REPORT ON THE COMMISSION ON LOCAL
GOVERNMENT AND THE SCOTTISH PARLIAMENT:
The Scottish Executive's Response
A RESPONSE FROM UNISON SCOTLAND
UNISON members are providers of local government services, users
of those services, participants in the democratic process and are
part of the electorate. In this context we welcome the opportunity
to comment on the Scottish Executive's response to the Commission
on Local Government and the Scottish Parliament. Our comments relate
to the questions posed by the Executive.
UNISON would hope to continue to be consulted by the Scottish Executive
as and when other aspects of the McIntosh report are considered
such as it's response to the Renewing Local Democracy
Q1 How can we best reach out to the most disadvantaged young
people and help them become active citizens?
UNISON believes the best way of reaching out to young people and
encouraging them to become active citizens is to give them a vote
in local council elections. If young people aged 16 and 17 are able
to get a job, get married and start a family, buy or rent a house
and pay council tax then they should have the right to vote and
participate in decisions affecting their lives.
Q2 Ministers would welcome views on proposals for improving
the Resource allocation, management and transparency of the local
government finance system, within the current policy framework.
UNISON disagrees with the Scottish Executive (point 29) and agrees
with the Commission's recommendation that an independent enquiry
into local government finance should be instituted immediately.
UNISON views it as probably the most important issue facing Scottish
local government at present. Local democracy cannot be delivered
when central government controls the majority of its spending. We
welcome also the comments from the Commission that such a review
should consider all options including consideration of the issue
of the Business Rate, the capping of council tax increases and the
current imbalance on councils' ability to generate income.
We believe that real power needs to be restored to local councils,
which can only be done with the restoration of a much greater degree
of financial autonomy including the return of the business rate
to local democratic control.
UNISON therefore does not agree with the Scottish Executive (point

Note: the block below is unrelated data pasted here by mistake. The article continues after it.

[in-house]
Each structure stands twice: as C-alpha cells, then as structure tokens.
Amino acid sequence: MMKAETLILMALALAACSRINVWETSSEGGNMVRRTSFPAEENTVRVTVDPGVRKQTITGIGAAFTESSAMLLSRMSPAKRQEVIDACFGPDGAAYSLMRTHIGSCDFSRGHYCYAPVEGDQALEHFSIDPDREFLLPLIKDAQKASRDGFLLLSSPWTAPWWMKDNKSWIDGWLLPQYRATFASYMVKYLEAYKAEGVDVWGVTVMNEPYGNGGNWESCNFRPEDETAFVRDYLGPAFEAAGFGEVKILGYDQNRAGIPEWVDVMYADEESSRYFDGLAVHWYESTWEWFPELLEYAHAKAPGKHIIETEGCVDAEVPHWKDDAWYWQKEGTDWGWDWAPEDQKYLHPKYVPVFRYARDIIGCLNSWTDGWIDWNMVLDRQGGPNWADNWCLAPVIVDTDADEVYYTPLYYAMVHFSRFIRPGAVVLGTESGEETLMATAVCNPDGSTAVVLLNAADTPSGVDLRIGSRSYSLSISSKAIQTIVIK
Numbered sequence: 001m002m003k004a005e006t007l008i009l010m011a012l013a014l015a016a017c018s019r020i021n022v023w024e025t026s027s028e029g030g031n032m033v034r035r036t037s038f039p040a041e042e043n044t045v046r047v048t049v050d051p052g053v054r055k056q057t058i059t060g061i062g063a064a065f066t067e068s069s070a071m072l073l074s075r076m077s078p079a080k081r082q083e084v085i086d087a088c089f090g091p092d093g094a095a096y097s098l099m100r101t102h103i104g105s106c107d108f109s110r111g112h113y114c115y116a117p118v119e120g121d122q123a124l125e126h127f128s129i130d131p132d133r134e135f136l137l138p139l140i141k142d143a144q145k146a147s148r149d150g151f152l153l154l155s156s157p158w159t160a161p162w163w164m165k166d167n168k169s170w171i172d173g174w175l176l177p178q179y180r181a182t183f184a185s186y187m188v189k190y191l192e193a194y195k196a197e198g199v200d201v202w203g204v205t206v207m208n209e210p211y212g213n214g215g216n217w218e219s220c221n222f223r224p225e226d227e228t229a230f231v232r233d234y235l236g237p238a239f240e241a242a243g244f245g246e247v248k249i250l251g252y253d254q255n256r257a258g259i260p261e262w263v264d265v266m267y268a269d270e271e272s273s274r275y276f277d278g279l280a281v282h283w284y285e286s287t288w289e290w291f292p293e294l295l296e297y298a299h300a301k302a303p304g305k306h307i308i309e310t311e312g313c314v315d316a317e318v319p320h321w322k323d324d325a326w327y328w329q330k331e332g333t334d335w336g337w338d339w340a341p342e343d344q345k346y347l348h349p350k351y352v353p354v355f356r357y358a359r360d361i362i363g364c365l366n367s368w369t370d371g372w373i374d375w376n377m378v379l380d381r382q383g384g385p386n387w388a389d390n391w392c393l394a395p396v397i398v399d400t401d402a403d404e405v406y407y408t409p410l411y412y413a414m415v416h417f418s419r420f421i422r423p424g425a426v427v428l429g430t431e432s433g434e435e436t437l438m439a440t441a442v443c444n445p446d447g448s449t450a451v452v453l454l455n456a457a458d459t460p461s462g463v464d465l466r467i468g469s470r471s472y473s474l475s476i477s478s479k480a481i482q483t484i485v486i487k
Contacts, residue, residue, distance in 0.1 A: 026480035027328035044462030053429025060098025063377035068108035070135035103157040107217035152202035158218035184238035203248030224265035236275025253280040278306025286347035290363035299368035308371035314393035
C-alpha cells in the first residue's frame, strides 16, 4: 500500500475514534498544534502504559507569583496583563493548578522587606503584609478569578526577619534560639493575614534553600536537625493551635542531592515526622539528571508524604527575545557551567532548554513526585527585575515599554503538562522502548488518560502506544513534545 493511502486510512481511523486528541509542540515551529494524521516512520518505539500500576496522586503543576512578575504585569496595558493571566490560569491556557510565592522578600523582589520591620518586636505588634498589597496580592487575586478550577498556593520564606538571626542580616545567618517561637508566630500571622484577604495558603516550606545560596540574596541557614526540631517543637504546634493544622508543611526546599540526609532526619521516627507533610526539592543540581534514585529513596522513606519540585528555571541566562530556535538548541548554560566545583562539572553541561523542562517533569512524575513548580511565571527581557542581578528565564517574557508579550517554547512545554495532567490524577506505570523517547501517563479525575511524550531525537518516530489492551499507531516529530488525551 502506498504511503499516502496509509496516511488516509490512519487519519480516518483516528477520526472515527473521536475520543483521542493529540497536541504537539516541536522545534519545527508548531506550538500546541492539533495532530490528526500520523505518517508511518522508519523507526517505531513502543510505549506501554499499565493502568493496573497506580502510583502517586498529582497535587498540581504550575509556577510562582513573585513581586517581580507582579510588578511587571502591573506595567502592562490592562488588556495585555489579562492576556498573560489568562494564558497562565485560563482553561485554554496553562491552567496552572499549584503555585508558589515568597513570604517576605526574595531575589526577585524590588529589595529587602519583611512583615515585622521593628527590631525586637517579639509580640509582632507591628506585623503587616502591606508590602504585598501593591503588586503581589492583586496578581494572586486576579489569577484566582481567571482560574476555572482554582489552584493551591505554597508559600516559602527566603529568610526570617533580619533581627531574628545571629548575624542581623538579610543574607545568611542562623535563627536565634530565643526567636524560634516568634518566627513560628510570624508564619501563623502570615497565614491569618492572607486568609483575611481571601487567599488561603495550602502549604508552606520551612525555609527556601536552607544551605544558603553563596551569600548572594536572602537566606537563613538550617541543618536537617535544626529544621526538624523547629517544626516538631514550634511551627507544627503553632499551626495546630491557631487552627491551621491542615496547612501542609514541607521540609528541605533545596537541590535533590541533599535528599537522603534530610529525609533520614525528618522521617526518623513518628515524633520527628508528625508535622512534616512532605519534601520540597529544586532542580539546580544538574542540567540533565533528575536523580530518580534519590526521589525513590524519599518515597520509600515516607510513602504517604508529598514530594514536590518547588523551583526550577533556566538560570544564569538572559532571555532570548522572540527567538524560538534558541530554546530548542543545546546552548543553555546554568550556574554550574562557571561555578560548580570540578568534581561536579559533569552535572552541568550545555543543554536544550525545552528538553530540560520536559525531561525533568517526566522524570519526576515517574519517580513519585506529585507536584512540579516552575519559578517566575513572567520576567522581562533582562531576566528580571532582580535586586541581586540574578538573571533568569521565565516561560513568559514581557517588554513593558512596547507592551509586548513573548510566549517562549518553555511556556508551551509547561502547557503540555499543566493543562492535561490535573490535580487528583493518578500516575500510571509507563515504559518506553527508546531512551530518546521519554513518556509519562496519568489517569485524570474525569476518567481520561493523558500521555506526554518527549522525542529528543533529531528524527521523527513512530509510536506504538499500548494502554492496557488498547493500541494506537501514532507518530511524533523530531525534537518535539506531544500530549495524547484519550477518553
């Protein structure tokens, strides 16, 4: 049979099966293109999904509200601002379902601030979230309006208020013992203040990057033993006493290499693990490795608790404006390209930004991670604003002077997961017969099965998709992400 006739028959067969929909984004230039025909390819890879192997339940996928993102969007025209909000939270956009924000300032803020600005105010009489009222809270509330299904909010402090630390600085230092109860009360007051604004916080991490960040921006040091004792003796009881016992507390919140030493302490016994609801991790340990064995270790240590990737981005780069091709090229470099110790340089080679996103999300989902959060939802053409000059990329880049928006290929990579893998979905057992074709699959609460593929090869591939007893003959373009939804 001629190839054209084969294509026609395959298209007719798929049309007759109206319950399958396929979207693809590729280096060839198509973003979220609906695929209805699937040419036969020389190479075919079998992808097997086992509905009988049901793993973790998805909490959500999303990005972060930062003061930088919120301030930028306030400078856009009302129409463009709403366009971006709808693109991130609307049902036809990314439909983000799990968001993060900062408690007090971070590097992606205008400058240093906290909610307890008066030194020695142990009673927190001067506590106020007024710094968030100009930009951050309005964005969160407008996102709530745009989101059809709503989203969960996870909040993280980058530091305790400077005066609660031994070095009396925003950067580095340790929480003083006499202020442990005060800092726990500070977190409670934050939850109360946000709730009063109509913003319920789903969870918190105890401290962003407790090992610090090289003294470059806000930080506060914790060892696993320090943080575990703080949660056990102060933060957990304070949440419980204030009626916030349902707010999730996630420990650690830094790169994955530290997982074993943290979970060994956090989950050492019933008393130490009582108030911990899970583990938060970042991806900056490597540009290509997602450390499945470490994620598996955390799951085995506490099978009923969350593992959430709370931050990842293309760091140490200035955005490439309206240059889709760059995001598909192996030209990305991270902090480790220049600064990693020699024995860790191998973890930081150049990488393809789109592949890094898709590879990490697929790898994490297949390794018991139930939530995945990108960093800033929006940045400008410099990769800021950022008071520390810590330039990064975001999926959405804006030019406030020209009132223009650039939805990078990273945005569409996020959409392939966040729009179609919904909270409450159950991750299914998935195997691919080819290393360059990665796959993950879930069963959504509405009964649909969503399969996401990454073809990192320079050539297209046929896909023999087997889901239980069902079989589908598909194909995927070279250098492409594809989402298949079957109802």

39) that the regime for non-domestic rates should be unaltered.
This is a necessary pre-requisite to returning local democratic
control to local communities. We also believe that if a local council
is to be granted a power of general competence then it will be necessary
for it to have much greater financial freedom to serve its communities
and meet their needs.
If, however, the national unified business rate is to be maintained,
UNISON believes that there is a case for reviewing the distribution
of the business rate to local authorities to remedy present anomalies
whereby large cities which generate much revenue do not see a fair
share of resources.
A power of general competence
Q3 Should local authorities in Scotland be given a power of
Does the lack of such a power really hamper authorities? What form
should that power take? What safeguards should be provide?
UNISON Scotland agrees that legislation should be introduced to
provide councils with a statutory power of general competence. Rather
than hampering authorities this power would enable councils to create
new possibilities for the development of and the improvement of
local services and would also encourage and improve community participation
in service delivery and policy development. We believe that councils
should be judged on their actions not their structures and that
this power is key to ensuring high quality, responsive local government.
UNISON rejects each of the arguments put up against such a power
(point 45). Duplication of services will be avoided if best value
principles are applied properly. And it is the case that local authorities
are barred from undertaking useful local activities because of the
UNISON believes that the power of general competence in Scotland
should be no less than that for authorities in England and Wales
UNISON believes the over-riding safeguard against such a power
being abused is at the local ballot box, with there being a direct